MIAMI, Nov. 26 (UPI) -- Thousands of jubilant Cuban exiles poured onto the streets of Miami to celebrate the death of former Cuban leader Fidel Castro.
Cuban-Americans across the Miami-Dade County area waved Cuban flags, banged pots and pans, honked car horns and set off fireworks in peaceful demonstrations in communities that included Hialeah and Kendall, according to the Miami Herald.
"I don't think we've made any arrests and don't expect to have any violence due to this long awaited day," Miami Police Officer Rene Pimentel said.
One of the largest demonstrations forced police to shutdown South West Eighth Street, known locally as "Calle Ocho," as some 3,500 people gathered near iconic Cuban restaurant Cafe Versailles, WSVN reported.
The thousands of revelers shouted for "Libertad!" or "Liberty!" as they called Castro a tyrant and yelled for his brother and current President Raul Castro to "go with" him.
Generations of Cuban exiles both young and old joined the celebration and happily spread the word to their family members who escaped from the island in hopes of creating a better life for their families.
"My mom started to cry. My grandfather has been ambassador to the United States for Cuba," a woman named Maria told WSVN. "They had to leave with nothing on their backs, and they came and they rebuilt this country. America is great."
She gathered in front of Cafe Versailles with her 15-year-old niece who acknowledged the gravity of the moment despite being far removed from her grandparents' journey for freedom.
"For me, it's this revolutionary moment in history when we can all [come together] as Latin Americans and Cubans to just witness this moment," she said.
Some popped bottles of champagne in the hopes they would be christening a new era for Cuba after decades of pain built on broken families and dead loved ones.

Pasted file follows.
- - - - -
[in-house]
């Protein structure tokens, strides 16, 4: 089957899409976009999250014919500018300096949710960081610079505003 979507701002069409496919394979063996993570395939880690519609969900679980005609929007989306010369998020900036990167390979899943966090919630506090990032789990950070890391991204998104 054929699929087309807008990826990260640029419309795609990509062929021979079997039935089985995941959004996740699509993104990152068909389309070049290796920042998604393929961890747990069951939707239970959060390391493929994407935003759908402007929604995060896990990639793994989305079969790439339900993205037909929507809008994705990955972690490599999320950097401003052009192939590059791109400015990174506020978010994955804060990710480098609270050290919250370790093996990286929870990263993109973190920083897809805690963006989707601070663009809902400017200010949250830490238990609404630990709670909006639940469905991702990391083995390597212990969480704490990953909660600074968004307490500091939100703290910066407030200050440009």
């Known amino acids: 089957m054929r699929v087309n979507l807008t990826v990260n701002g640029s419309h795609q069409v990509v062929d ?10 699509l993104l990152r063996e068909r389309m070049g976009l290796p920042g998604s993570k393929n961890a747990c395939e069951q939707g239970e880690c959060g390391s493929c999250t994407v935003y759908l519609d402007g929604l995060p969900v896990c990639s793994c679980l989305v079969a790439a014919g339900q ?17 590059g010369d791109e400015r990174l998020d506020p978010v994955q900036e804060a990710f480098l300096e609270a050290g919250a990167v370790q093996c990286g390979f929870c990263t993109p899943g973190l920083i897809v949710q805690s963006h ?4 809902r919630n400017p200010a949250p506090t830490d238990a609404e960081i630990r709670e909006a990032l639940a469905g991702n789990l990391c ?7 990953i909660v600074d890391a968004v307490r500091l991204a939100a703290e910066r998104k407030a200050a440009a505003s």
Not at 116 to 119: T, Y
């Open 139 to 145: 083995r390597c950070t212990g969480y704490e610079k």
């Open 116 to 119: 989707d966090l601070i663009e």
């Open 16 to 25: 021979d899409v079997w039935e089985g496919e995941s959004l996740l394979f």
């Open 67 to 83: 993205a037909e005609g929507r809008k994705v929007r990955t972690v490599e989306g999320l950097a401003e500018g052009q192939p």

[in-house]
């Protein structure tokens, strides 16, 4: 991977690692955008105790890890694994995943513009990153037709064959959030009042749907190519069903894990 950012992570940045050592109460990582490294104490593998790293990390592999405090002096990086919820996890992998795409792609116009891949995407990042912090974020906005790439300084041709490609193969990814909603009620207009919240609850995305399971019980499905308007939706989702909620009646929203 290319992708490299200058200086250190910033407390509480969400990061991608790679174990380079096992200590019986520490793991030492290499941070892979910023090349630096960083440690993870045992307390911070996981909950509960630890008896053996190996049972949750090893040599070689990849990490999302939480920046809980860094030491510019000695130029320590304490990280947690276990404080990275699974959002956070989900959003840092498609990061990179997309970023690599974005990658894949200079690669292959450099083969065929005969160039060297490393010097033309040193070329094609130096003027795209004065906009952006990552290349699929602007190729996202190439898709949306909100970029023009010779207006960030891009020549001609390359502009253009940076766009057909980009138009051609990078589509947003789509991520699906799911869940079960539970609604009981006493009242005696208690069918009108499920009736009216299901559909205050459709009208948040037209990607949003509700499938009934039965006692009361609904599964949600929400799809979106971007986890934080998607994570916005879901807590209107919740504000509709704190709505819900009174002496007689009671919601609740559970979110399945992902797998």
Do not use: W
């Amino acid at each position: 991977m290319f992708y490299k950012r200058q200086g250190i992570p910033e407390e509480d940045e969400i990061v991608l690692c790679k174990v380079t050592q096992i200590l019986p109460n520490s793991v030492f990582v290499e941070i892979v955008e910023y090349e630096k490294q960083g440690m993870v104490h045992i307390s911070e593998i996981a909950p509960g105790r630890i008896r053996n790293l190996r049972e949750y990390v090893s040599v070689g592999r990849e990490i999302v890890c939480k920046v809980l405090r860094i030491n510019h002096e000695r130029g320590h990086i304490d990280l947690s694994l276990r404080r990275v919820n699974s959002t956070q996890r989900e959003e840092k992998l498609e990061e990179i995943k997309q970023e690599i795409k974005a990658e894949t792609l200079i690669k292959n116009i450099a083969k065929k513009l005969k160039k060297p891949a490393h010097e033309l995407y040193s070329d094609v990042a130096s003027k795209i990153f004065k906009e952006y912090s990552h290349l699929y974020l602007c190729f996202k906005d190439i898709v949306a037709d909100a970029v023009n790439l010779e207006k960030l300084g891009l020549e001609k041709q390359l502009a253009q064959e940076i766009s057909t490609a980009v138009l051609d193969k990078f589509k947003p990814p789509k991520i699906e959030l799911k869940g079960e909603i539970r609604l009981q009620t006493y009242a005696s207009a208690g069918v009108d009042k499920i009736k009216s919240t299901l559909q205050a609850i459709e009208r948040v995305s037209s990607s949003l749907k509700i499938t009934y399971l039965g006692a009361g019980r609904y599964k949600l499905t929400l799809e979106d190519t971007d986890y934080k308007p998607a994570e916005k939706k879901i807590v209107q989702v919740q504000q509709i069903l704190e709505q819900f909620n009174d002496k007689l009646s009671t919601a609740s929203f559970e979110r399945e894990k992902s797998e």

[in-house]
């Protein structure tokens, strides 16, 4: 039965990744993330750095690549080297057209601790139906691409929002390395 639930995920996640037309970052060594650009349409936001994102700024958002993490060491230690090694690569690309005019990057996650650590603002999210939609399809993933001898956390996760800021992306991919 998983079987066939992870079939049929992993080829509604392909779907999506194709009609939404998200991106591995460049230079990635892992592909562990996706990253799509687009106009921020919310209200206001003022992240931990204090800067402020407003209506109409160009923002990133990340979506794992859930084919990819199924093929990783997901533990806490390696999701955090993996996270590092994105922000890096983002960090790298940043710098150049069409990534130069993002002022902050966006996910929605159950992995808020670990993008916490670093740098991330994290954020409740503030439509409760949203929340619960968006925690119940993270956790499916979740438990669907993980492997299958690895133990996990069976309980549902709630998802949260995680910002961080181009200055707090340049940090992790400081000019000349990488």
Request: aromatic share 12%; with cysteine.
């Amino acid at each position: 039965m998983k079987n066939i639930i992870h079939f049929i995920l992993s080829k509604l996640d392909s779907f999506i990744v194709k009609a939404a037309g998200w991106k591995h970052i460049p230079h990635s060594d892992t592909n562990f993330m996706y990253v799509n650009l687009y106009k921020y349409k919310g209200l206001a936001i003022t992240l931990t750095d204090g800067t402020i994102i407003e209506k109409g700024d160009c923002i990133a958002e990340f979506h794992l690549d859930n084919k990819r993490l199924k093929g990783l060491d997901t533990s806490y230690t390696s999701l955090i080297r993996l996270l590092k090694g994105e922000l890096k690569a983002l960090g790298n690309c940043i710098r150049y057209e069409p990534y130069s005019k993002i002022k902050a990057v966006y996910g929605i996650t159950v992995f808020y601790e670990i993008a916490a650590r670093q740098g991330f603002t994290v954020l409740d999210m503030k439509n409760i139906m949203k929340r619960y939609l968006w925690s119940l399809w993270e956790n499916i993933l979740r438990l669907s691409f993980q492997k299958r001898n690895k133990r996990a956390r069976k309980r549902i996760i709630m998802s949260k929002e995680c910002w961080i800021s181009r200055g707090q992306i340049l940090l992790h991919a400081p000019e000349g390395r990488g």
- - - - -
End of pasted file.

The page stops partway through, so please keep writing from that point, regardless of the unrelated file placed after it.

"As a Cuban-American, I am part of this celebration," Cuban-born City of Miami Mayor Tomas Regalado said. "The reason that I am part of the celebration is because Fidel Castro hurt many generations of Cubans. It damaged the fiber of the Cuban people, not only in Cuba but here, in exile."
Somber feelings crept in with the joy and excitement, as some remembered parents and grandparents who helped bring their families to the United States from Cuba and died before they could see the end of Castro's reign, which they fought to escape.
"They passed away before they could see this day," Vivian Trigo, 57, said while holding a photo of her parents. "I wish they could be here, but I know they are. And they can rest in peace now that the devil is gone."
Others, like 80-year-old Elisa Martin, expressed concern for those who remained in Cuba under the younger Castro's rule.
"I feel the worst for the people still living in Cuba," she said. "He's done so many bad things."
Miami-Dade County Mayor Carlos Gimenez shared a message joining in both the celebration of the dictator's death and the less jubilant acknowledgment that his brother remains in power of the island nation.
"Early this morning, I learned of Fidel Castro's death. His passing closes a very painful chapter for Cubans on the island and Cuban-Americans throughout the world, including for thousands of Miami-Dade County residents who were personally affected by his cruel and brutal dictatorship," he wrote. "Despite this historic moment however we know that Fidel's brother Raul continues to lead one of the world's most repressive governments. My hope is that a free and democratic Cuba with the same freedoms we treasure here in the United States will soon emerge. It is what the Cuban people deserve."